This week’s featured artist is pianist David Atkinson, who participated in Jazzology in 2006.
A native of Ottawa, David began studying music with Hungarian-Canadian composer Gabor Finta, performing classical piano at various venues in the Ottawa area. In 2004, David moved to Toronto to study jazz performance at Humber College. While completing his studies, David had the opportunity to perform with visiting guest artists Dave Holland, Dave Liebman, and Dave Douglas.
Since graduating, he has made a name for himself as a versatile musician in the Canadian music and theatre scenes. He has performed with the Canadian Tenors, Os Tropies, Boy George, David Byrne, Elton John, Rufus Wainwright, and Scott McCord and the Bonafide Truth.
In 2008, David joined the silent film-inspired Keystone Theatre as music director, receiving a Dora Mavor Moore Award for “The Belle of Winnipeg” in 2010. In the summer of 2012, he toured Canada’s Fringe Festival circuit with their show “Last Man on Earth.” He has also performed as part of Mirvish Theatre‘s “Wicked,” DanCap’s “Jersey Boys,” and “West Side Story”, and the Canadian Stage Company’s “London Road.”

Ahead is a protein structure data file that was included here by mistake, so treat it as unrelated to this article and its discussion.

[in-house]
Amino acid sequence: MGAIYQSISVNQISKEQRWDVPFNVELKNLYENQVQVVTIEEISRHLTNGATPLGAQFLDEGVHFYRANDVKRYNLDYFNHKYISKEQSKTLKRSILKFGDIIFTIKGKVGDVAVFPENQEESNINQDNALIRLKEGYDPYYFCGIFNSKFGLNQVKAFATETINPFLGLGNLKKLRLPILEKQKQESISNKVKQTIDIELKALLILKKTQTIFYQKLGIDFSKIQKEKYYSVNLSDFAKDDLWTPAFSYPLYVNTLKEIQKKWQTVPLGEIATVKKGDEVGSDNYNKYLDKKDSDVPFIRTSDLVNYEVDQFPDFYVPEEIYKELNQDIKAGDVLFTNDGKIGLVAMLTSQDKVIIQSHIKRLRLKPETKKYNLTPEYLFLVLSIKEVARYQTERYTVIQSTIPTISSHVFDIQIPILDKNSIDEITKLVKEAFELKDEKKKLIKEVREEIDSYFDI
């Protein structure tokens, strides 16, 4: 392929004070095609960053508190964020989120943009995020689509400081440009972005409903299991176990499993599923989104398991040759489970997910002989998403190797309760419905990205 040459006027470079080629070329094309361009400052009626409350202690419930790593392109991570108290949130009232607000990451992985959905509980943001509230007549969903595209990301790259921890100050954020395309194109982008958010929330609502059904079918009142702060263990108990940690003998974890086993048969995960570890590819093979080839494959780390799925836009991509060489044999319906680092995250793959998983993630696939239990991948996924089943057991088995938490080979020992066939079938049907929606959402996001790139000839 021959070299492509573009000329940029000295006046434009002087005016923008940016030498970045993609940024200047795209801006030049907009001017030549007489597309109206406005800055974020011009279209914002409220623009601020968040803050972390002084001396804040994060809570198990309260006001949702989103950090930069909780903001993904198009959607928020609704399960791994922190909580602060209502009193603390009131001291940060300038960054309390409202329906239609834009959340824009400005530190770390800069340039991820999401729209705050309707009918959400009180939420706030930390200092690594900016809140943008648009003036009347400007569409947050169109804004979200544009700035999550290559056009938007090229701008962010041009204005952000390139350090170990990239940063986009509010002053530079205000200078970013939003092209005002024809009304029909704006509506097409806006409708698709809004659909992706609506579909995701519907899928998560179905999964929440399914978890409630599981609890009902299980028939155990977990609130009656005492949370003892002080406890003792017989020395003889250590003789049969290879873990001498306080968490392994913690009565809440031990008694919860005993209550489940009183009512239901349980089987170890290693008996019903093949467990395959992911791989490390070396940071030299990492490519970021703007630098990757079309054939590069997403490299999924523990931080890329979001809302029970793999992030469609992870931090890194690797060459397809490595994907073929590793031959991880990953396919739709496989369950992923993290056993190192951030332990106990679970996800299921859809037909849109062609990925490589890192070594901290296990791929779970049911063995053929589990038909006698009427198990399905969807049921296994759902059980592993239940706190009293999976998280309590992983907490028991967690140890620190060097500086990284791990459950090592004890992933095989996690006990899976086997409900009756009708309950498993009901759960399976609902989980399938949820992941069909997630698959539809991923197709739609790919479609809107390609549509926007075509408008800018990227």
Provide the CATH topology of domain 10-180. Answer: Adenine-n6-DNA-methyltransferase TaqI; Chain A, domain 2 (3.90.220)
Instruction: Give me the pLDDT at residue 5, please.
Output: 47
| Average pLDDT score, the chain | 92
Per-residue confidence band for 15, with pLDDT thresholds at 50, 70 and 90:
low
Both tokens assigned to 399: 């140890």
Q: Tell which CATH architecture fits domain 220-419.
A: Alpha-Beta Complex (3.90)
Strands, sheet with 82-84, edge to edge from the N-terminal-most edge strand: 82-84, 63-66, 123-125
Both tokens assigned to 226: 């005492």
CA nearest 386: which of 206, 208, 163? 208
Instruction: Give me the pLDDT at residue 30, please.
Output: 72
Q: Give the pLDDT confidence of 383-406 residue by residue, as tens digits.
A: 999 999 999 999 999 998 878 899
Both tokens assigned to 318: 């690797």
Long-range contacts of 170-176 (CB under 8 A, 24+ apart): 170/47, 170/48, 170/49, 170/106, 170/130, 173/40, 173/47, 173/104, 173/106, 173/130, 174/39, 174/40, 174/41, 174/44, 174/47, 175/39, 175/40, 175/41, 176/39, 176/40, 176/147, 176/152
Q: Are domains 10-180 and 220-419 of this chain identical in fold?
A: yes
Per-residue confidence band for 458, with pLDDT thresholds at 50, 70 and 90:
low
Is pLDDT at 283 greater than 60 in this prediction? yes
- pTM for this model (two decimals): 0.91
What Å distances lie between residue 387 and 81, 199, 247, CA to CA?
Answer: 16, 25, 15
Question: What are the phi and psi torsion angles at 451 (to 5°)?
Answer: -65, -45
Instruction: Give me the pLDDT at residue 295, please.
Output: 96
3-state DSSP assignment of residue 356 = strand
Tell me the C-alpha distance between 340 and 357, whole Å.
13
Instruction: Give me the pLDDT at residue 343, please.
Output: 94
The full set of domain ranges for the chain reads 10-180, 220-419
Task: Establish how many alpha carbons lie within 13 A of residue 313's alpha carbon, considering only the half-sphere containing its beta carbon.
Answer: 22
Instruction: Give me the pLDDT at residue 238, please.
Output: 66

In addition to being a music educator at The Bishop Strachan School, David has also toured throughout Europe with violinist Jaron Freeman-Fox and his group, the Opposite of Everything.
David took some time to discuss his memories of the Jazzology program and provided an update on his more recent activities:
1) Describe your experience with the Jazzology program. What was your favourite aspect?
The taping at the studio was definitely thrilling, and was a great way to practice basic PR skills – being able to communicate your ideas eloquently on the spot, without the help of your instrument! I remember my favourite aspect was being asked questions that required me to reflect on my nascent artistic career as it was when I was 20, and where I felt it was going at the time.
2) What is your strongest memory of the Jazzology program? Are there any funny stories or incidents that come to mind?
Definitely my strongest memory was the feeling of anxiety as I approached the studio. This was to be my first time in a radio interview setting!
3) Would you recommend this experience to other young musicians?